I am looking at my father’s face, as he lies in bed in a very old hospital in Rome. The many tubes attached to his body are supposed to keep him alive until all his loved ones get here to say their final goodbyes.

I am looking for a sign that shows my father does not want to go after all; that he has chosen to stay in this often-heart-breaking life, no matter what it takes. I am looking at him while squeezing his hand. ‘Come on, Papa. You cannot die. Come on, Dad. I am getting married in three months. You are not supposed to die.’

He does not wake up and his hand never moves again.

The doctors tell us that it would be very kind to let him go sooner rather than later. Should we choose to keep his life support on, the quality of his life would be extremely poor. The man, who is still very young, is quickly leaving us, and I am pissed off.

When do we get to play God?

At what moment do we decide to end another person’s life, whether that is our own parent or a stranger?

I should not be here tonight. I have a wedding to attend to, in three months, and I should be at home choosing flowers and cake decorations. Instead, here I am, and I have never felt so angry in my entire life.

‘Screw you, God, you coward. Where are you when we need you to make a decision? Where the hell are you when you need to save the day?’

I am looking outside the window at a few patients and their loved ones in the little courtyard downstairs. Sitting on benches scattered around, I can hear their laughter while they talk away.

Will I remember my father’s voice?

‘Please, Dad, please, talk to us. We cannot make this decision for you. If you can hear us, please let us know what we are to do.’

We turned my father’s life support off on a very tranquil afternoon, as the sun was going down and the red sky slowly turned into dusty pink. They say that at twilight we can feel our souls. The liminal times usually bring stillness and clarity, and we are more open to something bigger than ourselves.

Sitting in the small bar outside the hospital, life is still happening around me; people coming and going, the sound of the cars’ engines in full swing, and kids’ tiny voices echoing in the distance.

So much life, while I have just met Lady Death and I wish I had asked her a few questions. Where will she take my dad? Will he ever come back? Was he OK and did he wish he still was with us? Mostly, I wish I had told her that it is truly unfair how she turns up uninvited only to find us utterly unprepared.

And while the sky is slowly turning a beautiful pearly grey colour, the air suddenly becomes light and very still. Every sound is amplified, every smell comes straight into my senses, my heart’s beat echoes loudly, and my mind is strangely quiet and yet never so aware.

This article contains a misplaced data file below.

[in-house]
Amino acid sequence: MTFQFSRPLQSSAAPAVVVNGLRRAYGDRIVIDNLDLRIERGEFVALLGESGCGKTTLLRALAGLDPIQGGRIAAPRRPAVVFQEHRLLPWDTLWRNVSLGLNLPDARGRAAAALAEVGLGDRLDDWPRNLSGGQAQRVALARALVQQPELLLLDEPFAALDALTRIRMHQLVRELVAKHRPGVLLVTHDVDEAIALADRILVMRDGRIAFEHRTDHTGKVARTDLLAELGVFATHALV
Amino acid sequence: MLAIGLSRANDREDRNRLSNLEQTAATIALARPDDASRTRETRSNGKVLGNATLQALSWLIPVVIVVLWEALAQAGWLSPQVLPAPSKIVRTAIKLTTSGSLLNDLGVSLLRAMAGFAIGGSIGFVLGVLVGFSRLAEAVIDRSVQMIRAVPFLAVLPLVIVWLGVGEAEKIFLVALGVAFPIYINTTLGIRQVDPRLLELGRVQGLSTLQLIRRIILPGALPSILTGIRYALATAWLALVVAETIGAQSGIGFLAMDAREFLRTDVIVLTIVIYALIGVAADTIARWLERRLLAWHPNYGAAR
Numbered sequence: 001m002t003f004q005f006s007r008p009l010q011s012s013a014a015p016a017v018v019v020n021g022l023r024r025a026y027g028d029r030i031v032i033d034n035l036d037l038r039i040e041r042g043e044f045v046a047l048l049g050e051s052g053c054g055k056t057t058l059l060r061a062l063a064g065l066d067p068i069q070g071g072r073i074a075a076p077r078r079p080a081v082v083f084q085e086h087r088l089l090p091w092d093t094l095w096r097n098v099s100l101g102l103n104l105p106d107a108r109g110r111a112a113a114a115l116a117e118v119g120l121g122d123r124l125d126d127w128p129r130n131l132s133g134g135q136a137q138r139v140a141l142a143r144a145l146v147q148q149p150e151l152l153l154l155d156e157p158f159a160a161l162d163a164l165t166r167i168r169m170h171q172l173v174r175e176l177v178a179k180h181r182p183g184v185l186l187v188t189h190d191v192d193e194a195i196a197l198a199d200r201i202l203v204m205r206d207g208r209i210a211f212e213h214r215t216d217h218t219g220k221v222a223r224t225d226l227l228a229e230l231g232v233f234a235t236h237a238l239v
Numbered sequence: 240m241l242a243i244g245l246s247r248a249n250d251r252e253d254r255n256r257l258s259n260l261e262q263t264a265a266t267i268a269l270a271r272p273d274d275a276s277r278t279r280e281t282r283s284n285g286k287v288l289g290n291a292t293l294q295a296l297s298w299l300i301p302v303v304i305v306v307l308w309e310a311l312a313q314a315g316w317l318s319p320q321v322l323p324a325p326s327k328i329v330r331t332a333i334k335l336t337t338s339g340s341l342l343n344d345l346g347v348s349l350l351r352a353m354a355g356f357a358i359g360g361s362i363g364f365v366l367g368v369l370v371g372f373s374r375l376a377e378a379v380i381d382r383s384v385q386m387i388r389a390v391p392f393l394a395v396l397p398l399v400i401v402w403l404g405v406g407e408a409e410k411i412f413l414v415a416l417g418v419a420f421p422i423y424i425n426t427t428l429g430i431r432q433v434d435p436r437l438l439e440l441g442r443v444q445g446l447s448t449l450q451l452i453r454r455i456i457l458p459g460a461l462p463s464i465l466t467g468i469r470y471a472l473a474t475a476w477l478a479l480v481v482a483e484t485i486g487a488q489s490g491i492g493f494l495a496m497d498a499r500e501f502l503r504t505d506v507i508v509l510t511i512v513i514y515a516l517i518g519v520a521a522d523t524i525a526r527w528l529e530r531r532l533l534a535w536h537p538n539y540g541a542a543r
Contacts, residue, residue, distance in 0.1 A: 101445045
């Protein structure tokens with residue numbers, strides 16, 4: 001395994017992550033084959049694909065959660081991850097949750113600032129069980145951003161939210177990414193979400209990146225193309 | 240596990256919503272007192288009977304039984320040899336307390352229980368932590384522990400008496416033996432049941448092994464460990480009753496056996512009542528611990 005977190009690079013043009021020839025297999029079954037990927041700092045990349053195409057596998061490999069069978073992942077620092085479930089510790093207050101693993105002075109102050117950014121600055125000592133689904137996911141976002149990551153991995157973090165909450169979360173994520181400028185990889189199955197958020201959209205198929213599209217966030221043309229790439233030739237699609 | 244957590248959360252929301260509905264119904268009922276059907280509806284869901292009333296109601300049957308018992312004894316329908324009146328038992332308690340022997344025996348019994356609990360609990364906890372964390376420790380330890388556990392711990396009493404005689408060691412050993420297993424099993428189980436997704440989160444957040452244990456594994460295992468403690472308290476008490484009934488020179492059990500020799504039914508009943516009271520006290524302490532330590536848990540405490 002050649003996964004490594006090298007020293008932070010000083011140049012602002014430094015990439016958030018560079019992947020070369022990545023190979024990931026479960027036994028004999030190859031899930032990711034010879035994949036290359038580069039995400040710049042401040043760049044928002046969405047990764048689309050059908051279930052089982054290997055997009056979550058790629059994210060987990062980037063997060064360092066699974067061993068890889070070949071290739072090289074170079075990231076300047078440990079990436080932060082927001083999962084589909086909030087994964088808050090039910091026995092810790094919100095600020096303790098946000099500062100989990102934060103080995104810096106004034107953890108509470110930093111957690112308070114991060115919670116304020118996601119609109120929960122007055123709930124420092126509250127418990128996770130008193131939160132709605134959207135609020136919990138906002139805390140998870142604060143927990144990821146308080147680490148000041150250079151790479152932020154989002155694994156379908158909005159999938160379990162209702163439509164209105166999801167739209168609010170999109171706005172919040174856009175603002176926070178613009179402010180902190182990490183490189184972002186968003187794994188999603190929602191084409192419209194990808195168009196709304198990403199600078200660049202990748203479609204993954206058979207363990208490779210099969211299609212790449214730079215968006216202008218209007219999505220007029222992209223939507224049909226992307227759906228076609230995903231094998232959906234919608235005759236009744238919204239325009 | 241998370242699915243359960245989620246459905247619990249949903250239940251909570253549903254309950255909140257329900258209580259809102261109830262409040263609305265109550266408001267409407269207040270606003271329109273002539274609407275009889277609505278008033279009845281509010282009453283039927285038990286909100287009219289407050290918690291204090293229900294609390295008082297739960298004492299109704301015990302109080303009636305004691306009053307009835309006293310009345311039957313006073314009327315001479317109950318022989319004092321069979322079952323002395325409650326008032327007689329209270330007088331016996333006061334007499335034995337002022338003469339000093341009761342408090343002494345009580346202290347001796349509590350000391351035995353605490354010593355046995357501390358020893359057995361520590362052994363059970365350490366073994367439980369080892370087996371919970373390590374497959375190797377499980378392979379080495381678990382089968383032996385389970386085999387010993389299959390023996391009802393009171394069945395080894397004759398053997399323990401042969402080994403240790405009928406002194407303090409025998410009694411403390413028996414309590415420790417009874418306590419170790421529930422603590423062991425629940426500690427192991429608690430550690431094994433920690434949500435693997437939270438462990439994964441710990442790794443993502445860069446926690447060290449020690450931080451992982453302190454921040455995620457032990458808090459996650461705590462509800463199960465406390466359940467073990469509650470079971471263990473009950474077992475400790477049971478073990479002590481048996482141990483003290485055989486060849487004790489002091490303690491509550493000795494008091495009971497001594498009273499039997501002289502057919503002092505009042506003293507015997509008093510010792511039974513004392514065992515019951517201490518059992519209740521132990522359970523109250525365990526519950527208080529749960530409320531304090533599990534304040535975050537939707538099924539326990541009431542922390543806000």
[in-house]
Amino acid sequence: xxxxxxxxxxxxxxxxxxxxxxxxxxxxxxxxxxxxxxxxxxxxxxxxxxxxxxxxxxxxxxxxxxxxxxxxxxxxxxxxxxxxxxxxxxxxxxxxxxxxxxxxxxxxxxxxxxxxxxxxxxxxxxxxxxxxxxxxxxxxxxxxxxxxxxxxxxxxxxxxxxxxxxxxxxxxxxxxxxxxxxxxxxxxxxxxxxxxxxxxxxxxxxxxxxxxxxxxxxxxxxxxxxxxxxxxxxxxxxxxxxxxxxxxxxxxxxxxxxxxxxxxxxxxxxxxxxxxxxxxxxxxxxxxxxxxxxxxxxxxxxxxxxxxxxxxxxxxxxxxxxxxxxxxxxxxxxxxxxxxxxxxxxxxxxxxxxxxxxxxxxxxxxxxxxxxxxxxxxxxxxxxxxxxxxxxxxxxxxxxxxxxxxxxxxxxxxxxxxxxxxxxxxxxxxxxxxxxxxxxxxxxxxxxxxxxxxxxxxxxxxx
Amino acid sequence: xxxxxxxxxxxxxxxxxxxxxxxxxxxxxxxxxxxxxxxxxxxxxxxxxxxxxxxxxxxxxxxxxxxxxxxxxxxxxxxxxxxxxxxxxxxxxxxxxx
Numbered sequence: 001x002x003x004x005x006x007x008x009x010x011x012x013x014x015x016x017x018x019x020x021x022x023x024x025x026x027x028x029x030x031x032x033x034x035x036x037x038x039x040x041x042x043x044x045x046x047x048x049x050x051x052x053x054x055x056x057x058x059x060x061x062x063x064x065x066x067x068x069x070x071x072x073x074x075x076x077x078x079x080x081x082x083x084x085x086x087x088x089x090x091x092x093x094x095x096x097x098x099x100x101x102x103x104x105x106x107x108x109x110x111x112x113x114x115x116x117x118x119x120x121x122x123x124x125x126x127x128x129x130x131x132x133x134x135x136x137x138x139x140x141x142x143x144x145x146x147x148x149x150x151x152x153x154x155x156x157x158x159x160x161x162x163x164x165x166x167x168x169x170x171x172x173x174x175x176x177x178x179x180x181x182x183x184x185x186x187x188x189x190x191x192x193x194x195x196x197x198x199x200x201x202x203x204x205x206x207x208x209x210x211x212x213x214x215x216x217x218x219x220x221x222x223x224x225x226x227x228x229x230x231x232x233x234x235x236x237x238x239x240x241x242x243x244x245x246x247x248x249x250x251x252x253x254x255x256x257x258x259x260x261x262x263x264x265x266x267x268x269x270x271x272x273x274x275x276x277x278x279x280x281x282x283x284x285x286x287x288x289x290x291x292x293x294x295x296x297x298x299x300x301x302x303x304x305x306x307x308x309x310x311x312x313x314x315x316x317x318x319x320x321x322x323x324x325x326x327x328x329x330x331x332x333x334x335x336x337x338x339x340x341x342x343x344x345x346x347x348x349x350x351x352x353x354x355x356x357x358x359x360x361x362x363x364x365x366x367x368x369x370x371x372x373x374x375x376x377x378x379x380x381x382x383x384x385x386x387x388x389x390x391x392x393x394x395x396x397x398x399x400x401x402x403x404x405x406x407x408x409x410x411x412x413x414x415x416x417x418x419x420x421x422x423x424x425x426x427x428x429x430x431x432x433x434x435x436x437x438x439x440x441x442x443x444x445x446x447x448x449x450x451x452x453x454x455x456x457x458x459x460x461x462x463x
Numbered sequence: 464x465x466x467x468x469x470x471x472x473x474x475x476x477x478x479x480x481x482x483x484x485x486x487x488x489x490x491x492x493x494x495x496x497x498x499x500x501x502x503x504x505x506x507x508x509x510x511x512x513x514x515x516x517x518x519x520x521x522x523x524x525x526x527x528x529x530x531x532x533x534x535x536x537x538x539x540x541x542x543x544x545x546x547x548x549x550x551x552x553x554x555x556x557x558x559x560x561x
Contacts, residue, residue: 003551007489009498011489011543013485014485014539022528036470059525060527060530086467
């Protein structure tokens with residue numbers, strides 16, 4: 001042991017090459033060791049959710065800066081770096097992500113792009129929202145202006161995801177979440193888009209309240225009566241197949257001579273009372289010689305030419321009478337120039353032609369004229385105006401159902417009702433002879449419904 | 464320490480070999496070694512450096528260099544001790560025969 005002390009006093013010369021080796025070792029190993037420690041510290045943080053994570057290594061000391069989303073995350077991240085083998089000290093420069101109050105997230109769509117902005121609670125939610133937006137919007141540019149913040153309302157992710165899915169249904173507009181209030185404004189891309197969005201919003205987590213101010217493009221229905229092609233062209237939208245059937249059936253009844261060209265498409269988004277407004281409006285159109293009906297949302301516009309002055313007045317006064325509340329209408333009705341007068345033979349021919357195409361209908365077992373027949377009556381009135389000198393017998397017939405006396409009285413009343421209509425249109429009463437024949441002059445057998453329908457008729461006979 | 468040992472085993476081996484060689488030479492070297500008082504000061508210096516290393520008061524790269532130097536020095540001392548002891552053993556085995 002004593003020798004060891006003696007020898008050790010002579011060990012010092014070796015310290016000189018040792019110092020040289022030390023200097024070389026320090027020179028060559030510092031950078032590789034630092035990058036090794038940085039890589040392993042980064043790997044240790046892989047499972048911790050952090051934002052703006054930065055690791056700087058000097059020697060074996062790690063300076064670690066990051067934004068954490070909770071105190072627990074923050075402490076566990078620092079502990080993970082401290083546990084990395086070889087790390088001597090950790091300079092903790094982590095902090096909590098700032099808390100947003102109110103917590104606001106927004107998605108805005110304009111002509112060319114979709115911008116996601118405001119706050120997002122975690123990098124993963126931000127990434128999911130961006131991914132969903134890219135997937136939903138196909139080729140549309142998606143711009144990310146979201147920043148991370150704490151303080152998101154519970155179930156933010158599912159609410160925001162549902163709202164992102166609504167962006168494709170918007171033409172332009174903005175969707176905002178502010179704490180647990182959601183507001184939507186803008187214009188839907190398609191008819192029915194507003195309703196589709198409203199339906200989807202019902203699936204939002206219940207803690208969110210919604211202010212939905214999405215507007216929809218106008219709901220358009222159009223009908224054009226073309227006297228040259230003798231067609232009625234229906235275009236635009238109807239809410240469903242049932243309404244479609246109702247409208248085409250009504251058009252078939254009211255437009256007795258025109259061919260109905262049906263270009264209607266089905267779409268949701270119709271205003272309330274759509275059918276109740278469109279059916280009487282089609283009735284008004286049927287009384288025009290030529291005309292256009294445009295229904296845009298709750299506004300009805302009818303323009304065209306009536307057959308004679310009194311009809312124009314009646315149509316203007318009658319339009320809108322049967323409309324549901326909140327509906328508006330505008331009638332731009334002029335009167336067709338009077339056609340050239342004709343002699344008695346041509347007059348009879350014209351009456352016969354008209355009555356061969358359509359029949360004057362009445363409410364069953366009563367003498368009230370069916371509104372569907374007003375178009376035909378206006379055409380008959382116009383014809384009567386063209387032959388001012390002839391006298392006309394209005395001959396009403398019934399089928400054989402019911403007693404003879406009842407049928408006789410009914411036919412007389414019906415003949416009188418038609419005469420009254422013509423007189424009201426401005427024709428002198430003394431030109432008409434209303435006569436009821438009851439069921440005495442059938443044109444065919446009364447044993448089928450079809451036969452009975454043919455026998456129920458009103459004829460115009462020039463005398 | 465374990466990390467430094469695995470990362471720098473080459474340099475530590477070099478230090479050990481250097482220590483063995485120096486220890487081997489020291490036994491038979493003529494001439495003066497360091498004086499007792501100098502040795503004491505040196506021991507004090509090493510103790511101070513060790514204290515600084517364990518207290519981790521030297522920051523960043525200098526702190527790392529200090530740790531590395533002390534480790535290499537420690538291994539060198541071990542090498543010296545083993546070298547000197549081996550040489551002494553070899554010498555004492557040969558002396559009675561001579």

I am alive. My father has just died, and I feel alive for the very first time in my life.

Everything around me moves graciously, while the man soon to become my husband and I slowly sip bourbon on the rocks, staring at each other in silence.

‘To Papa Andrea, the man I never got to know enough.’ Warren says as he raises his glass, and his blue eyes almost pierce my heart.

‘Let’s go for a walk. It will do us good,’ he thoughtfully suggests.

The ancient streets of Rome are busy, even this late at night. Myriad of tourists, slowly walk around, trying not to miss any of the stunning beauty of la Citta’ Eterna. Picture after picture; everybody around me wants to capture this moment and make it last forever.

My father has just died, and life has not stopped.

Does she ever? Could we ever ask life to halt if only for one tiny moment, so as to take another breath?

We arrive in Piazza di Trevi and are taken aback by the sheer majesty of the famous fountain, we sit by its edges, while the crowd around throws little coins in the water as per an ancient tradition. Everywhere I look, life has made her appearance again. Grand and unapologetic, she is at her best in this square where so many have wowed eternal love through the ages.

‘Will you marry me?’ Warren takes my hand in his. He had already proposed on New Year’s Eve while fireworks lit up the sky and we’d danced the old year away. Tonight, his question surprises and yet deeply moves me.

‘I do not want to waste time waiting for a perfect moment. This is as beautiful as it is ever going to be. Marry me and let’s cherish this life together.’

I whisper, yes into his ear, as I hold his hand tight, never wanting to let it go while tourists and locals swarm around us. As their voices and laughter echo in the chilly February air, we sit closer, offering each other a silence that speaks a thousand words. Two grieving hearts celebrate the life that just ended and the one yet to begin, knowing that what happens in between is what keeps this world going.

No, life does not stop. We are simply asked to trust her. Even when our hearts break, for they will heal again. We tend to our heart’s pain by allowing the very things our mind cannot grasp to naturally happen. In the end, we come to learn that joy and sorrow are never too far apart, just like life and death.

From ‘The Day I Found God In A Pub,’ available now on Amazon.

In Grace,

Antonia Lyons

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